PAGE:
The issue of housing affordability is particularly acute in the Canaries, where the high cost of living, low wages, and lack of affordable housing have led to a growing social and economic divide. According to a report by the Spanish National Institute of Statistics, the Canary Islands have the highest poverty rate in Spain, with 40% of the population at risk of poverty or social exclusion. This situation is exacerbated by the lack of affordable housing, which has forced many young people and low-income families to live in overcrowded conditions or to move to other regions in search of better opportunities.
The housing crisis in the Canary Islands has multiple causes, including limited availability of land for construction, the high cost of building materials, and the concentration of tourist activity in certain areas of the islands. However, the surge in real estate transactions by foreign buyers has become a focal point of the debate on housing affordability, as it is seen by some as a factor that drives up prices, exacerbating the housing crisis, also fuelled by the fact that many of them purchase properties as second homes or for vacation purposes, which leaves fewer options available for local residents who are struggling to find affordable housing. This can lead to so-called gentrification and displacement of the local population, especially in areas with high tourist demand.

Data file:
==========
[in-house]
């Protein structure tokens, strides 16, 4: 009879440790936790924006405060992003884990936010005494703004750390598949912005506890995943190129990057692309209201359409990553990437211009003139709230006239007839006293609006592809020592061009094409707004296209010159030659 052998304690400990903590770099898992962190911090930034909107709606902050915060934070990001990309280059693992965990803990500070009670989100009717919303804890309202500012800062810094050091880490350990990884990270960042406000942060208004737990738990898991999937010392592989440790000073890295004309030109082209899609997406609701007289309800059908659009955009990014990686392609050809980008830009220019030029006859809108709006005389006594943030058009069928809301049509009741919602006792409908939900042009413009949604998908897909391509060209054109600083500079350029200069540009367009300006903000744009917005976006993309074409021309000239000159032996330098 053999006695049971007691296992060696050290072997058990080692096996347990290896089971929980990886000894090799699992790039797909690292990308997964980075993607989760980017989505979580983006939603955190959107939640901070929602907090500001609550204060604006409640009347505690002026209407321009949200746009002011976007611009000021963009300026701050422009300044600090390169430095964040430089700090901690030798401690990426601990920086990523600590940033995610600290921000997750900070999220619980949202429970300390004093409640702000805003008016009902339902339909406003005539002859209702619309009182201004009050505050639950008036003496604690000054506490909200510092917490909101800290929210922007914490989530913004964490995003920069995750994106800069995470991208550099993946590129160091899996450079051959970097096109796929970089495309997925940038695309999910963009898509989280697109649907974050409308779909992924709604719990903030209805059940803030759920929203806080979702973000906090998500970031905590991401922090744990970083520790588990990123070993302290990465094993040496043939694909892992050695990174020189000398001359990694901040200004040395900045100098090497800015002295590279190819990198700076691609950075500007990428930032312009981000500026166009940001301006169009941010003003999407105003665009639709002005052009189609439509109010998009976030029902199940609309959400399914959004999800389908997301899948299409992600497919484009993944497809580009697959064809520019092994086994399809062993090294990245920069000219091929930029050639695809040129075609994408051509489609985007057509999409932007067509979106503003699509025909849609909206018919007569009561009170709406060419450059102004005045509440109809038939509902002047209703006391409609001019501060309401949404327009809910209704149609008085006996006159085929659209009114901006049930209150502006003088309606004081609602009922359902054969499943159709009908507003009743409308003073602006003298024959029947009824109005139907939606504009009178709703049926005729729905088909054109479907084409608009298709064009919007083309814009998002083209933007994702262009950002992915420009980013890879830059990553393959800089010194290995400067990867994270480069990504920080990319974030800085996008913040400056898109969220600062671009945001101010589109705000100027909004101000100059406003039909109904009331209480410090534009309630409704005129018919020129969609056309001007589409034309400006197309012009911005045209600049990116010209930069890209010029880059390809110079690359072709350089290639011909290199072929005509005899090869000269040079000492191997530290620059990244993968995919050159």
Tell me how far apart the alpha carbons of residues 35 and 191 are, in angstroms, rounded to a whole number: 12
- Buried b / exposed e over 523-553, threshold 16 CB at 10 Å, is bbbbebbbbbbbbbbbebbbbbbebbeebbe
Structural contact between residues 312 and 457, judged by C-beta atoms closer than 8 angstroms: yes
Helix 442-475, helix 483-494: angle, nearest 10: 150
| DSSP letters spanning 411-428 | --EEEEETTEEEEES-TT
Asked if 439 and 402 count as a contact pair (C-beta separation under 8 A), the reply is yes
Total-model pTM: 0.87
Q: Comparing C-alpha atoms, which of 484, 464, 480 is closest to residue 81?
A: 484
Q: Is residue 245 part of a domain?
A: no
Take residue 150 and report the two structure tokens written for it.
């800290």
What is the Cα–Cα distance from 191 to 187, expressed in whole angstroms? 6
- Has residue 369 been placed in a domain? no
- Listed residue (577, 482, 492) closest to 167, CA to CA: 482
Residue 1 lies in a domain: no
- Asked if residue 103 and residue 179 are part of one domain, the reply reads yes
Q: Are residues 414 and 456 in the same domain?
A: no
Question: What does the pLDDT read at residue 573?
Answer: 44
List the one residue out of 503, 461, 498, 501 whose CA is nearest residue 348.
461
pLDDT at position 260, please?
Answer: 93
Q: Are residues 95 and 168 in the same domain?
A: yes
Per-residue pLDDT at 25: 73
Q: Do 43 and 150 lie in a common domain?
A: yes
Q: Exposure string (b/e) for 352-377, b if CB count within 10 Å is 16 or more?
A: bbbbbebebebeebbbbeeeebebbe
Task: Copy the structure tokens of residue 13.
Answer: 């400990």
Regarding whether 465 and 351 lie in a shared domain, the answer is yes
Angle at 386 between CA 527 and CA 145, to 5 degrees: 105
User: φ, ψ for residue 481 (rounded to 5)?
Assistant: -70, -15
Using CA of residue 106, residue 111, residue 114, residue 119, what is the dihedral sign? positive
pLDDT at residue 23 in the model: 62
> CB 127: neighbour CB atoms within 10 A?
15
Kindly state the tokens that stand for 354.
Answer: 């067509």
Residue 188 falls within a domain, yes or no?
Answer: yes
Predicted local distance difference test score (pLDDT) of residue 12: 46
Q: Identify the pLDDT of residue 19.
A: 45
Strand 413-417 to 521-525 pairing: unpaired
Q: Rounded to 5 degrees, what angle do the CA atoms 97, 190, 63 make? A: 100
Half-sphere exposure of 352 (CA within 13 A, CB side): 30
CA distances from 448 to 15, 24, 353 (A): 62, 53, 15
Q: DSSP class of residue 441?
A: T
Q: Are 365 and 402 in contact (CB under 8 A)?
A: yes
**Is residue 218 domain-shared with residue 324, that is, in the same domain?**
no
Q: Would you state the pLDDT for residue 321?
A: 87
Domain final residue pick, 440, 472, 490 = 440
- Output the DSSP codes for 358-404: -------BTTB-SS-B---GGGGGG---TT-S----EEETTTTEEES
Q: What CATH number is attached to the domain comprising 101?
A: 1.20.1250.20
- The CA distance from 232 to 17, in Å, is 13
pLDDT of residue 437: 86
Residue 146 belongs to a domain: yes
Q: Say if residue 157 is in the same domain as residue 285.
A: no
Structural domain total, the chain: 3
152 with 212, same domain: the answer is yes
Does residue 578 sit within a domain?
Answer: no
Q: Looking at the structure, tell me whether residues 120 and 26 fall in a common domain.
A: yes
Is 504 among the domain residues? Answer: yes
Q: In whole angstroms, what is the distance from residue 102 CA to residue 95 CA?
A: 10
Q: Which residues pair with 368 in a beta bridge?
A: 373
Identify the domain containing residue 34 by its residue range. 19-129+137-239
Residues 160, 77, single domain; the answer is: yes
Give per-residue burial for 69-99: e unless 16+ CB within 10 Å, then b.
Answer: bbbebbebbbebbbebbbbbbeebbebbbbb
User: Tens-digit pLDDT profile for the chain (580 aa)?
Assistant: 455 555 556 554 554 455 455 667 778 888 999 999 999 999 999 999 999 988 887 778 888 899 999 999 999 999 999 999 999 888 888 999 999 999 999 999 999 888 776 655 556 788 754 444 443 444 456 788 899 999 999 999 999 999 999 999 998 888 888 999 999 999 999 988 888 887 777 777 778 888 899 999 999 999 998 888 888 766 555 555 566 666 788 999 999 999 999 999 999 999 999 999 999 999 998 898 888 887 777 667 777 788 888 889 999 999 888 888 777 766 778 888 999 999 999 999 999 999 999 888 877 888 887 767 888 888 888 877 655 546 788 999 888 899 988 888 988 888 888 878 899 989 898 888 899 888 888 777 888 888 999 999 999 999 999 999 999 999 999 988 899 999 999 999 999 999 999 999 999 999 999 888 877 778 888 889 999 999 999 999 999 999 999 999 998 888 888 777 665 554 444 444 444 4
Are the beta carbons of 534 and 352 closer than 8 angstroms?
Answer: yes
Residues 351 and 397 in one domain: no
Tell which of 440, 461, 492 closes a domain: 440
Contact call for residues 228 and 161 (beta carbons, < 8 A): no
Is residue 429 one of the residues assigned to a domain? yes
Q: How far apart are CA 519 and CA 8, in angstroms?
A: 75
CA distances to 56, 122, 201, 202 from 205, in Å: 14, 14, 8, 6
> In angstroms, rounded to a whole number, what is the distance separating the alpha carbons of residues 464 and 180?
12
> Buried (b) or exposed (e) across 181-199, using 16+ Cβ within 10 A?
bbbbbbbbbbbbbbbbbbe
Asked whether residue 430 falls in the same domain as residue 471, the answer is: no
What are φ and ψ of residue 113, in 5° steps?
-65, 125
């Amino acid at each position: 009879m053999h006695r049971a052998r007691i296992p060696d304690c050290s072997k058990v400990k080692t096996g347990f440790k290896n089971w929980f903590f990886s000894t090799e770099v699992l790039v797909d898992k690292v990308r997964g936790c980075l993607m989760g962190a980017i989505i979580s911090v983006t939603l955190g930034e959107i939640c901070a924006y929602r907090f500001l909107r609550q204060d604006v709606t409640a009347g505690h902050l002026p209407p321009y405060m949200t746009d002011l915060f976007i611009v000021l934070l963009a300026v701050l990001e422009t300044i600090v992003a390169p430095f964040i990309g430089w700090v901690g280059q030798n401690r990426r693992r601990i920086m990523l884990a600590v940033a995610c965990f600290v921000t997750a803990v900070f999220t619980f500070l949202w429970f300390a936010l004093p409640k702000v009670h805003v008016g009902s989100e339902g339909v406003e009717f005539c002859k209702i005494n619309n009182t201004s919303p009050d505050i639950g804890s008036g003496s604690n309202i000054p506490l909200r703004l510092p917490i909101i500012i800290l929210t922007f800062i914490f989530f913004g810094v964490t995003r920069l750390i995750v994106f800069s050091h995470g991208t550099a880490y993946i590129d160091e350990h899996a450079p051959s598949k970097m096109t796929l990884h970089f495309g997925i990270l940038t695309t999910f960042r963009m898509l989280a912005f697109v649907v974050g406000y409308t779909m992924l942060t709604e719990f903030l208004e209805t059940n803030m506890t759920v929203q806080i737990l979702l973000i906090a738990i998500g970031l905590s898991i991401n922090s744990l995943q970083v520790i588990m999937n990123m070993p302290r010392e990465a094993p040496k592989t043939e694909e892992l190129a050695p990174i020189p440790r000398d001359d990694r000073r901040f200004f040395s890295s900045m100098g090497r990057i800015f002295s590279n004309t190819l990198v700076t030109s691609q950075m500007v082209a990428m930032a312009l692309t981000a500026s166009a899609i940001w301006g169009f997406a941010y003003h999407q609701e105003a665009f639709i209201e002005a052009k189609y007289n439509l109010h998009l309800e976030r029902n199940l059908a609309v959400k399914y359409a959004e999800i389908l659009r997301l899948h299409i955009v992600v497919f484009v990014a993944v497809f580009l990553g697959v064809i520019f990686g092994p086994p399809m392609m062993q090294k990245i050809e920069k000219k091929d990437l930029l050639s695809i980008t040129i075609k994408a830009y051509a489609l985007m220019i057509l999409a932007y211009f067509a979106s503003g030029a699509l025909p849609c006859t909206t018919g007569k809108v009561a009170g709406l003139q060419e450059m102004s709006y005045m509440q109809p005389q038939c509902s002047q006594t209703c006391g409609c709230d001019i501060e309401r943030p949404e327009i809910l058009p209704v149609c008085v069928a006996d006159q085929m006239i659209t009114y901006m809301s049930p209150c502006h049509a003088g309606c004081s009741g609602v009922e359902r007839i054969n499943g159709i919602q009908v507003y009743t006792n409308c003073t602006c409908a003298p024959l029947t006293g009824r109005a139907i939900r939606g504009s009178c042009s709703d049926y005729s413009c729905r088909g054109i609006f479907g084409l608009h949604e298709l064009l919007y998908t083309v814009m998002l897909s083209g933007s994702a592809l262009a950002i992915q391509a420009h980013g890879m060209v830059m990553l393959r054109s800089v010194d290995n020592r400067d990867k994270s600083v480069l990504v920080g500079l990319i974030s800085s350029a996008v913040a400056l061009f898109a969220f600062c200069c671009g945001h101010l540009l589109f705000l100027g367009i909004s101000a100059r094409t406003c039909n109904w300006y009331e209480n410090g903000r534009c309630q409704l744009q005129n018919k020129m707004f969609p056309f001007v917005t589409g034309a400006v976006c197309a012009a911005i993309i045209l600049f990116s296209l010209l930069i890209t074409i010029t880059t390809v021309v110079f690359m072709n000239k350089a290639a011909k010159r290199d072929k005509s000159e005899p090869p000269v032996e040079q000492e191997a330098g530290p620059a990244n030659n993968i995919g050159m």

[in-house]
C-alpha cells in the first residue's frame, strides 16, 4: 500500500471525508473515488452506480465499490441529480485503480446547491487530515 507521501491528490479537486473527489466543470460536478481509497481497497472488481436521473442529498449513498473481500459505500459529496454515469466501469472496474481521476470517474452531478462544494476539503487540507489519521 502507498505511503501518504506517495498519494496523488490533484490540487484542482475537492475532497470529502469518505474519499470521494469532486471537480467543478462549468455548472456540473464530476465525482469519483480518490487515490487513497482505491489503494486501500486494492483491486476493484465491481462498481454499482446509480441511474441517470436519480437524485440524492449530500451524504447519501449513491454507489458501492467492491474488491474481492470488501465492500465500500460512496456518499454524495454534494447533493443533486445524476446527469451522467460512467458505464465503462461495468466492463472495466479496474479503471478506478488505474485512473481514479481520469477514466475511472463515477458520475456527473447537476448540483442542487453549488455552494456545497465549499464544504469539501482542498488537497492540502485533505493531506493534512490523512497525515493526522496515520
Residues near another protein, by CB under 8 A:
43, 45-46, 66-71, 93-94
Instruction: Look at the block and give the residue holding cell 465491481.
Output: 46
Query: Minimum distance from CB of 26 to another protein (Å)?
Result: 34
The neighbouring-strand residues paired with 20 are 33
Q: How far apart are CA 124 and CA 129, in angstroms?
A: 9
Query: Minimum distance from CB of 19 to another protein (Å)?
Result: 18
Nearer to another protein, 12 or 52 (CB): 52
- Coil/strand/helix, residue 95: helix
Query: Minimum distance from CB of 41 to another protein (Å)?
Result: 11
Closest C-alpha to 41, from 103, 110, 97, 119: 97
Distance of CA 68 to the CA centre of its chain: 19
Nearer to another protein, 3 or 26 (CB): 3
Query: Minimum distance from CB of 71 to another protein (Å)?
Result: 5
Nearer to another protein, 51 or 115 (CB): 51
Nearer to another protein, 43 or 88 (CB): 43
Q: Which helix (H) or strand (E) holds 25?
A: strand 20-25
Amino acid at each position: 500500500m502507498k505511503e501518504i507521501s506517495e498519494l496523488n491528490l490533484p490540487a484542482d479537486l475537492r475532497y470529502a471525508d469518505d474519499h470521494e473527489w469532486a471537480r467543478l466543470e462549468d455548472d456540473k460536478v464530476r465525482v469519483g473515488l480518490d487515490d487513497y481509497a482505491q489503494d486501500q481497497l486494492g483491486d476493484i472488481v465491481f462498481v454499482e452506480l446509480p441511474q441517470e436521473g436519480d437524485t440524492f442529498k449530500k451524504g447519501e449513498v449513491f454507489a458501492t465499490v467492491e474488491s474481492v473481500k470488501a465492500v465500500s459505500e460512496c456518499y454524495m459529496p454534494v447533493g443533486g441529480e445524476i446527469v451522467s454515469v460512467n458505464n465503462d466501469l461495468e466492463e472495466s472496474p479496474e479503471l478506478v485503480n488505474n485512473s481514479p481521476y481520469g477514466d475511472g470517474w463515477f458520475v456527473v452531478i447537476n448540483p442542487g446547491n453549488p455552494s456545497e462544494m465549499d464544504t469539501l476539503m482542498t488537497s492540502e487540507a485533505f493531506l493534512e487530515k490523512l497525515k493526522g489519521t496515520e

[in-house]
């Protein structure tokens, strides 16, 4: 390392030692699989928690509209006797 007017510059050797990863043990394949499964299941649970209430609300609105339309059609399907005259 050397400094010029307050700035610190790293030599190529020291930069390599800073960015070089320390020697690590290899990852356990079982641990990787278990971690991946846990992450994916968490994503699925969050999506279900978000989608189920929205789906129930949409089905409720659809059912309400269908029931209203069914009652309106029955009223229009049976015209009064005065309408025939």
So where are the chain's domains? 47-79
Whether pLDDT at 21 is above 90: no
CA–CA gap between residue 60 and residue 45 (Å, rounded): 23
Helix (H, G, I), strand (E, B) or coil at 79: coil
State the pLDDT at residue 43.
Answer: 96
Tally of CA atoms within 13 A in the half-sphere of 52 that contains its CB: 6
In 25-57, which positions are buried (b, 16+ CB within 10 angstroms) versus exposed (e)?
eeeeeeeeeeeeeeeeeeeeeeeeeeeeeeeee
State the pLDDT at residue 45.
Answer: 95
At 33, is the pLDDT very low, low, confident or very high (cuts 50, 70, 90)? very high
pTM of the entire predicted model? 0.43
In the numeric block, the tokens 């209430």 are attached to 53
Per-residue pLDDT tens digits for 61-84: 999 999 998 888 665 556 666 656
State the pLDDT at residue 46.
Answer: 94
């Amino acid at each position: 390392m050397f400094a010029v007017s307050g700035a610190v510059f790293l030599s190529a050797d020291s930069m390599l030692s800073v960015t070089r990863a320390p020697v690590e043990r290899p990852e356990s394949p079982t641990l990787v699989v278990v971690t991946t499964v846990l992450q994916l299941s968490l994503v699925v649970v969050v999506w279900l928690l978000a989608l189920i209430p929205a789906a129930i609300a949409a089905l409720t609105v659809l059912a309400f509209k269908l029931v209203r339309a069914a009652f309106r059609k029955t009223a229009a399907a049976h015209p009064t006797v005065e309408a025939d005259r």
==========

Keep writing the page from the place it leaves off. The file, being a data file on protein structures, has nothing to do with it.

Moreover, the influx of foreign buyers can also have negative social and environmental consequences. Some critics argue that it contributes to the development of a two-tier society, where foreign investors and wealthy tourists have access to exclusive properties and services, while the local population is left behind. In addition, the construction of new properties to meet the demand of foreign buyers can put pressure on natural resources and increase the carbon footprint of the region.
Despite these concerns, the proposal to limit the purchase of homes by foreign buyers faces significant legal obstacles. The free movement of capital is a fundamental principle of the European Union, and any attempt to restrict it would need to be carefully crafted to avoid infringing on EU law. Moreover, some legal experts argue that such a measure could be considered discriminatory and violate the principle of non-discrimination on grounds of nationality.
The proposal to limit the purchase of homes by foreign buyers is a highly emotive and controversial subject in the Canary Islands. While some argue that it is necessary to address the housing crisis and protect the interests of local residents, others see it as a discriminatory measure that could harm the economy and international image of the region. As with any complex issue, there are valid arguments on both sides, and it will be up to the policymakers and the electorate to weigh them carefully and come to a decision, particularly ahead of this May’s local and regional elections.